Honestly, I like my breasts in general and think they look nice on my body at all of the sizes they’ve been, but I’ll admit that I like them a bit better when they’re larger. Clothes look sexier to me and I feel damn hot. I don’t dislike the girls on the small end, but I will certainly sometimes wear some padding or pushing-up items to keep the clothes looking the way I like them to. Frankly, I don’t feel bad about this. It’s one of the many conscious concessions I make to the beauty ideal (see also: shaving legs; bleaching upper lip; and wearing v-neck sweaters, high-heeled shoes, dresses, and variable quantities of make-up). I don’t dislike my body or the things about it I alter for cosmetic reasons; it’s just a hell of a lot easier to do those things, and I consciously choose to do my femininity that way. Besides, I can’t undo all of the training that has taught me what to find attractive, so I pick my battles. For me, in part because I’ve been taught big breasts are better, and in part because of my own [highly scientific!] personal experiments and observations, the portrayal of the rack is part of how I present myself. It’s not even that I consciously display the ladies for personal gain — in terms of skin and cleavage I actually show pretty little, and I am not very interested in deliberately manipulating the people around me* — but I like to look nice and girly and so I go with it.

But I think there is nothing wrong with not going with it, with refusing to play up my breasts or hunt for clothes that create the appearance of that hourglass figure. There would be nothing wrong with refusing to do that as a personal fight against the beauty ideal; or with just not giving a shit; or with deciding it’s too much of a stretch and too much work to be worth it. I mean, the beauty ideal is impossible to reach, but as people go I definitely have it on the easier side, because I am thin and a little hourglassy to start with. When my tits are bigger I have to do even less work (though it’s still a conscious effort). If you don’t want to work for that, I mean, who the hell cares?

Well, okay, a lot of people care, but what they care about is policing you, not attraction. Otherwise they would just happen to not find you attractive, and that wouldn’t be offensive to them, and they wouldn’t care about how you looked. Except that it is your obligation and role as a woman to be attractive to all men, of course. Besides, I can attest that many people are attracted to women with small breasts. While I have been treated very differently on the street based on my breast size, my statistical ability to actually attract real dates/lays are unchanged across my full range of boobages.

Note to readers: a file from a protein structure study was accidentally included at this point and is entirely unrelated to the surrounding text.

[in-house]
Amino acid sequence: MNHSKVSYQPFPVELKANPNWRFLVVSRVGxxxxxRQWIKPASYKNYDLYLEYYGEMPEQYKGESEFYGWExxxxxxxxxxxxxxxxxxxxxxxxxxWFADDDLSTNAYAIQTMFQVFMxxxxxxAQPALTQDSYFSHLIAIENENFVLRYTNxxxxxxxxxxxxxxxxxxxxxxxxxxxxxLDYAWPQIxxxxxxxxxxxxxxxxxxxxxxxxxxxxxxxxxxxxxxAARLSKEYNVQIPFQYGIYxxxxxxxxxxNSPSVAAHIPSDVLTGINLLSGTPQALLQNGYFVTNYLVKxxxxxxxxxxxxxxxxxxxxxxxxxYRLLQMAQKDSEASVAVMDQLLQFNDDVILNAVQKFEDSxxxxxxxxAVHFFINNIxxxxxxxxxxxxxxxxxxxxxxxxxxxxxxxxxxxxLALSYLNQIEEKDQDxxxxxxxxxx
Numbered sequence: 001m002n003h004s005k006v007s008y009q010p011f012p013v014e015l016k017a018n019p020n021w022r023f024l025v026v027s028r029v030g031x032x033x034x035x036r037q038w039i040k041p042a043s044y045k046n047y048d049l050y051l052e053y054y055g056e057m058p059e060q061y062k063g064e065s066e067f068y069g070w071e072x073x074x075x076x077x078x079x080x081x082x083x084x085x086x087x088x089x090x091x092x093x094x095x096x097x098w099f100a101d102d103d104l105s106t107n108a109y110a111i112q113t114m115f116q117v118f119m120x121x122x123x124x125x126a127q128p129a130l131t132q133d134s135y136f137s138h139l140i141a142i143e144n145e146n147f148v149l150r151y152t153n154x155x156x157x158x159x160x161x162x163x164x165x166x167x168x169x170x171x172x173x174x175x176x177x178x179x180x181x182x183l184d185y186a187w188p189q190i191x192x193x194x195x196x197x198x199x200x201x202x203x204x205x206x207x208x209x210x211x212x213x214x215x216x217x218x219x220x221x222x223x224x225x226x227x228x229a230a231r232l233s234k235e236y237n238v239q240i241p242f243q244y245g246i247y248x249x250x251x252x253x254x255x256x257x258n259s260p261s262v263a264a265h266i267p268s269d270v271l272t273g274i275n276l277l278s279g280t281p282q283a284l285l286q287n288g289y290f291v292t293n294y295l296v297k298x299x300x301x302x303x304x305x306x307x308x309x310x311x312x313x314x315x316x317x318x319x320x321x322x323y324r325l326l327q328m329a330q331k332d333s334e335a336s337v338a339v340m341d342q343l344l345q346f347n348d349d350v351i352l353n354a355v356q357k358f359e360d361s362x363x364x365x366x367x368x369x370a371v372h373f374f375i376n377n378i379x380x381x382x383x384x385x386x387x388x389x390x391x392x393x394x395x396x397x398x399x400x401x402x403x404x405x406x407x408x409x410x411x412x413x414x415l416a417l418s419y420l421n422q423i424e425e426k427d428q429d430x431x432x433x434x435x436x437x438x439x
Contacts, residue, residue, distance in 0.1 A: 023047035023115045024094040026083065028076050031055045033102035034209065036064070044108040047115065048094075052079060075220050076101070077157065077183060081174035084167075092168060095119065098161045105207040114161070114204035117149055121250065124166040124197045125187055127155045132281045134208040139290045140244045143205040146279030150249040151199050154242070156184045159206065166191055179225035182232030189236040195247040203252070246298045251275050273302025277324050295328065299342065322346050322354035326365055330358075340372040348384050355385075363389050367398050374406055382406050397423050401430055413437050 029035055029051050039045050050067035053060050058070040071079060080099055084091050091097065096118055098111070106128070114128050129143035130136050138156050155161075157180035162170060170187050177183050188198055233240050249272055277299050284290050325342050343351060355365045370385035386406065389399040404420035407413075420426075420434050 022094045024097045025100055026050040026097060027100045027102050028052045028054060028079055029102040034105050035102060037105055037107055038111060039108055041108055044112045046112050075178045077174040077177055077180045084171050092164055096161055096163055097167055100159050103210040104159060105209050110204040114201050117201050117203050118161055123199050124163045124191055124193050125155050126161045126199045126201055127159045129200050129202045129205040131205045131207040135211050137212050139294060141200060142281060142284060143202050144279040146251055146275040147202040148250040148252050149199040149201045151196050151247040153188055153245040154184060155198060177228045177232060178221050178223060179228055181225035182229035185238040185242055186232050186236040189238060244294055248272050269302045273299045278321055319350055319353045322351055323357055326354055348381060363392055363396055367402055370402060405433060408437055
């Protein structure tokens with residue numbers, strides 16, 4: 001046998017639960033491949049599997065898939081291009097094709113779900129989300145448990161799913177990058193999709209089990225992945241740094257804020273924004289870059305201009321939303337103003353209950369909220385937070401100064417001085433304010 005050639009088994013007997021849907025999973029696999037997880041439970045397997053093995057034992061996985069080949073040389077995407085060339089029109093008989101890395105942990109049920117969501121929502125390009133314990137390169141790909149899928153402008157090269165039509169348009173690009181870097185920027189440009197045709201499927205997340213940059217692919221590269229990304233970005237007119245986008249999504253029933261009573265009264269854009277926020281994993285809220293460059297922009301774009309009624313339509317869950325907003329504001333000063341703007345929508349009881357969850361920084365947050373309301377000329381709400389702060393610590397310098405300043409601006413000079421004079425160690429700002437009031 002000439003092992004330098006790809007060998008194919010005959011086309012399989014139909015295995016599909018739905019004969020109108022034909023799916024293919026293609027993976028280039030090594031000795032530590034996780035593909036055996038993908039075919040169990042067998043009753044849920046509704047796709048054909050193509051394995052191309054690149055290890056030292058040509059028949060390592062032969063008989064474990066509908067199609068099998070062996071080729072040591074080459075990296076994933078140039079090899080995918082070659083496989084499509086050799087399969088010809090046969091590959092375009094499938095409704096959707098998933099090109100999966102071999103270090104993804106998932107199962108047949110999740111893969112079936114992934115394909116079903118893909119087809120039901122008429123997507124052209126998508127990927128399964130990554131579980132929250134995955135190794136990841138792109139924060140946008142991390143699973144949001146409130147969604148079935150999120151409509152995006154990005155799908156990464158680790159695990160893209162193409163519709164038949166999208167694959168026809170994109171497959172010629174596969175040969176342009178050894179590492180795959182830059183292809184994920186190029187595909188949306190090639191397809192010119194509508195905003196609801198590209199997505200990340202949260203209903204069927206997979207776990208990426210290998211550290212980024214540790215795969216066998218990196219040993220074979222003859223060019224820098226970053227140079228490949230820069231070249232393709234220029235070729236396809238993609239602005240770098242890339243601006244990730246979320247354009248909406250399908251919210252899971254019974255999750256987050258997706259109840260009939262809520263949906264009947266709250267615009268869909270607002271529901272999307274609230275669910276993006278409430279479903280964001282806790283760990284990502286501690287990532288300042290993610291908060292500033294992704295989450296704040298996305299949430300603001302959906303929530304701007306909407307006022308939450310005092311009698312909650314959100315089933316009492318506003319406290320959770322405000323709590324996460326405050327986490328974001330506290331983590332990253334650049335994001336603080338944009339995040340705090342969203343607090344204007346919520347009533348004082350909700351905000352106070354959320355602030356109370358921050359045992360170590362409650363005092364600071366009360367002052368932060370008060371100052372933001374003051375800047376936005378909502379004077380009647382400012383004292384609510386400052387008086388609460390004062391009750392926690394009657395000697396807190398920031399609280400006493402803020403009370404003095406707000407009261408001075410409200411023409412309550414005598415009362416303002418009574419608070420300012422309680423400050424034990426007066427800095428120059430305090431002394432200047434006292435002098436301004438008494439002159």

Summary of long-winded post: People treat you differently when your breasts appear different sizes, mostly because our society is fucked up. But we should present our breasts how we want to present them, fuck anyone who gives a damn**, and not let the girls hold us back from enjoying our lives, dating, dancing, or taking luxurious Lush-bombed baths. Oh, and we should make a conscious effort to be equally friendly to the small-busted ladies, to counteract that unconscious conditioning that makes us act just a bit friendlier to the chestier among us.

*This is a lie. For instance, I deliberately distracted SM with my breasts so that she would request a guest post, because I deeply covet her internet-fame.

**Not literally.

Cross-posted at Volcanista.

Links: Golden Globes backlash, or This one goes out to the ladies

Those of you who hopped on our Golden Globe live-blogging adventure on Sunday (which was way, way more fun than I expected — GIVE YOURSELVES A HAND) might be interested in the following posts on Jezebel about (sadly predictable) sexist reactions to various women at the show:

James Cameron & Kathryn Bigelow Used To Be Married — Get Over It